How will “big data” change science and the nature of knowledge? How will it affect health care, transportation, business and social networks? Who, if anyone, owns data? Is there a threat to privacy when personal data is buried in massive, processed data? What are the value-biases built into particular ways of processing big data?
Such questions surrounding big data research are the subject of the first National Conference on Big Data Ethics, Law and Policy, happening Friday from 10 a.m. to 4 p.m. at the University of Virginia.
This conference – free and open to the public – will be devoted to discussion of the big ethical, legal and policy issues around big data.
The conference is sponsored by U.Va.’s Data Sciences Institute and its Center for Big Data Ethics, Law and Policy. Just as the center has 21 faculty representing more than a dozen disciplines across six U.Va. schools, the conference will look at these big questions from cross-disciplinary perspectives, said center director Deborah G. Johnson, Ann Shirley Carter Olsson Professor of Applied Ethics in the School of Engineering and Applied Science.
The conference’s two keynote speakers, Danah Boyd and Michael Zimmer, are each among the world’s leading experts on social media and on Internet privacy and data ethics, respectively, said center co-director Siva Vaidhyanathan, Robertson Professor and chair of the Department of Media Studies.
Boyd is the author of “It's Complicated: The Social Lives of Networked Teens,” a deep empirical study of how young people use social media in their lives. She will discuss “What You Think You See: Privacy, Ethics, and Interpretation in an Era of ‘Big Data.’”
Zimmer’s talk is titled “Infrastructure, Code, and Justice: Gaps in our Ethical Discourse on Big Data.” Zimmer studied under Vaidhyanathan at New York University and is now an assistant professor in the School of Information Studies at the University of Wisconsin-Milwaukee, where he directs the Center for Information Policy Research.
After the Edward Snowden revelations about government surveillance capabilities, “We are at the beginning of a big national conversation on government surveillance and the role private companies play in that surveillance,” Vaidhyanathan said. “This is a prime moment for scholars to intervene in these discussions and try to work our way through these competing values of privacy and security, and hopefully come up with a system that can both protect our bodies from terrorist attacks and protect the integrity of our minds – our ability to control what the government and other people know about us, our thoughts and desires, and our ability to try on unpopular ideas.”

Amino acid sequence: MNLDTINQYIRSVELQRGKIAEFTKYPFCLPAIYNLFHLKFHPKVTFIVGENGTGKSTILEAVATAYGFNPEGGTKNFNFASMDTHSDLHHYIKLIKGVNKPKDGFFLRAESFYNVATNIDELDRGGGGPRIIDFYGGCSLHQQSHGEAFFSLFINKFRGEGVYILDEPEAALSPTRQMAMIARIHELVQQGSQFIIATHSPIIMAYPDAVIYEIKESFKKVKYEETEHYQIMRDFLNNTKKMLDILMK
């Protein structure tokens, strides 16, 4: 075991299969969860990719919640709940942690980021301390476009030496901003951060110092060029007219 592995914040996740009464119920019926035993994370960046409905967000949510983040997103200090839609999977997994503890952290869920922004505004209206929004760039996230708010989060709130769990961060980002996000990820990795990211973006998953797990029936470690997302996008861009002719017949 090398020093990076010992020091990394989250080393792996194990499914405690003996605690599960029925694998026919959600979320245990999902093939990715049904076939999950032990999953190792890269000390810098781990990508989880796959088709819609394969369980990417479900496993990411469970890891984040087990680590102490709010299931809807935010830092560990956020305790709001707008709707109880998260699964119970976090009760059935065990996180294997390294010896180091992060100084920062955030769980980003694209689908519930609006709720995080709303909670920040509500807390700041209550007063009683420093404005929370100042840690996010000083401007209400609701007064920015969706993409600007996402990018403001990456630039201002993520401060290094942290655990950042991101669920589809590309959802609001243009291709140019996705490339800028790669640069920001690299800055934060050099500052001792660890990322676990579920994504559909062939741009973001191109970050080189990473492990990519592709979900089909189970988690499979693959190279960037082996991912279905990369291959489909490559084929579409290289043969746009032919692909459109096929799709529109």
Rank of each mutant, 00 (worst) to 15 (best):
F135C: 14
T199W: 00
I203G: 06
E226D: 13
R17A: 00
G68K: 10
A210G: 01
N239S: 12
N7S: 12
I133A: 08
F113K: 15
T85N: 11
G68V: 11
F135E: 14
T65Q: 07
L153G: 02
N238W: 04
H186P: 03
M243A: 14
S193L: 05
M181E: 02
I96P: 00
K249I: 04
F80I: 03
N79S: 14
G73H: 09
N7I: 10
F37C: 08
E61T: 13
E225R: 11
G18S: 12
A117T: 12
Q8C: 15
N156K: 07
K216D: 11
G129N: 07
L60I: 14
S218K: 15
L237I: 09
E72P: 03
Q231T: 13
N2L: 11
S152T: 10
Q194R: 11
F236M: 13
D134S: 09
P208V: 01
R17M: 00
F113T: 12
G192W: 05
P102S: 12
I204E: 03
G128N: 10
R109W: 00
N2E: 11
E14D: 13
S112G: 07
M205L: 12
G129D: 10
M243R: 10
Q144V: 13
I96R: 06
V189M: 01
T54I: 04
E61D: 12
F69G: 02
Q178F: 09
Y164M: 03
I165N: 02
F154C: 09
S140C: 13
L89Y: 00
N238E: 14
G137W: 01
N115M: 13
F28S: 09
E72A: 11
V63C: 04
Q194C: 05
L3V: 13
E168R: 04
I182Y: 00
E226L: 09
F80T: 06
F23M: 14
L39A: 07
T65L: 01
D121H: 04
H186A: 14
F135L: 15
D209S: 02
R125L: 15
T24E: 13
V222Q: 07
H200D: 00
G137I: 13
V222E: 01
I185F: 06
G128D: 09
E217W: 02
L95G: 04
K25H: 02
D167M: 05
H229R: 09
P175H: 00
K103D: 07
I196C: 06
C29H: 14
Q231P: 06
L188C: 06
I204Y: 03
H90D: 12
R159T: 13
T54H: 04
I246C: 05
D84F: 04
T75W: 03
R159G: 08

The Center for Big Data Ethics, Law and Policy “is fundamental to doing big data the U.Va. way,” said U.Va. Executive Vice President and Provost John Simon. “Our leading scholars of law, policy and ethics will be applying their expertise to the emerging challenges of big data research, including how big data research complicates the scientific method and philosophy of science, and how big data collection, particularly in the health sciences, has ethical hazards as well as potentially life-changing benefits.
“By integrating the study of law, policy and ethics with the actual practice of big data research across the University, we are mixing theory and practice, we are collaborating across disciplines, forcing our scholars to speak in clear terms that resonate across fields and translate easily to the larger public and policy spheres.
“This spirit of full engagement across disciplines and beyond Grounds is the U.Va. way.”
In addition to the keynote talks, the conference will also feature two panel discussions.
The morning panel discussion of “Ethical, Legal and Policy Issues in Big Data and New Media,” will be moderated by Chris Ali, assistant professor of media studies.
An afternoon panel discussion of “Genomic Data: The Tale of the Elephant” will be moderated by Ruth Gaare Bernheim, chair of the Department of Public Health Sciences in the School of Medicine, associate director of the Institute for Practical Ethics and Public Life and co-director of the Center for Big Data Ethics, Law, and Policy.
Full conference schedule and details are available here.